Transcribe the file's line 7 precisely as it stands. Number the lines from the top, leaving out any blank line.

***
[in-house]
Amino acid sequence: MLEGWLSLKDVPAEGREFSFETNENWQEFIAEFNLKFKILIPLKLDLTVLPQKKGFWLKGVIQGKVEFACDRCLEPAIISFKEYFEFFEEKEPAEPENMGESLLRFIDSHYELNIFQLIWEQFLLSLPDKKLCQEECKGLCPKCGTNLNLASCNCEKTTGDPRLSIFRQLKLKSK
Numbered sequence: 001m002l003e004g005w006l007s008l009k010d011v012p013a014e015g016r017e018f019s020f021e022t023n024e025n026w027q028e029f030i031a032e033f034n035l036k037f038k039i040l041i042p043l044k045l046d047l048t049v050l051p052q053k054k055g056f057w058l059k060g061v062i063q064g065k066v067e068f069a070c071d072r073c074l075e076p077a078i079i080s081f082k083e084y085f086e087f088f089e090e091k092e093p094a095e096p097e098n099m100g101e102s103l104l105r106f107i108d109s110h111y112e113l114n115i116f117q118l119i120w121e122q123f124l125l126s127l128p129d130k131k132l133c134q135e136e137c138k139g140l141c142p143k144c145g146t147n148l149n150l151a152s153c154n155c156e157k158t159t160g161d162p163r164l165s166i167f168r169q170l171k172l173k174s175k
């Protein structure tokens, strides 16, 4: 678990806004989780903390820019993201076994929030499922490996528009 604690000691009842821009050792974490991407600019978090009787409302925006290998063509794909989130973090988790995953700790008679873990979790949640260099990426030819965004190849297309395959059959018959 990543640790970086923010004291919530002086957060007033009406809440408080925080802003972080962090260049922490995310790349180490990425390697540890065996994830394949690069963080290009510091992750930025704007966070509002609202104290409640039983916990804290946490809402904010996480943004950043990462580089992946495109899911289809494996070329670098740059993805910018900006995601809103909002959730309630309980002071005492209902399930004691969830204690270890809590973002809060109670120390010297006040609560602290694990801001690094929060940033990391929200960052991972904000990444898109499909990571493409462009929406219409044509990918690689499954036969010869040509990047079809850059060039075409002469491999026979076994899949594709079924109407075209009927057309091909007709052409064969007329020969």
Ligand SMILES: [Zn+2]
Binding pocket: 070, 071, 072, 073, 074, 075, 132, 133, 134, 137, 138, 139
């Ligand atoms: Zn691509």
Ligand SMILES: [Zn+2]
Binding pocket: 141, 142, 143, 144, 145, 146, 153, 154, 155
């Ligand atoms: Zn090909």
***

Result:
């Ligand atoms: Zn691509």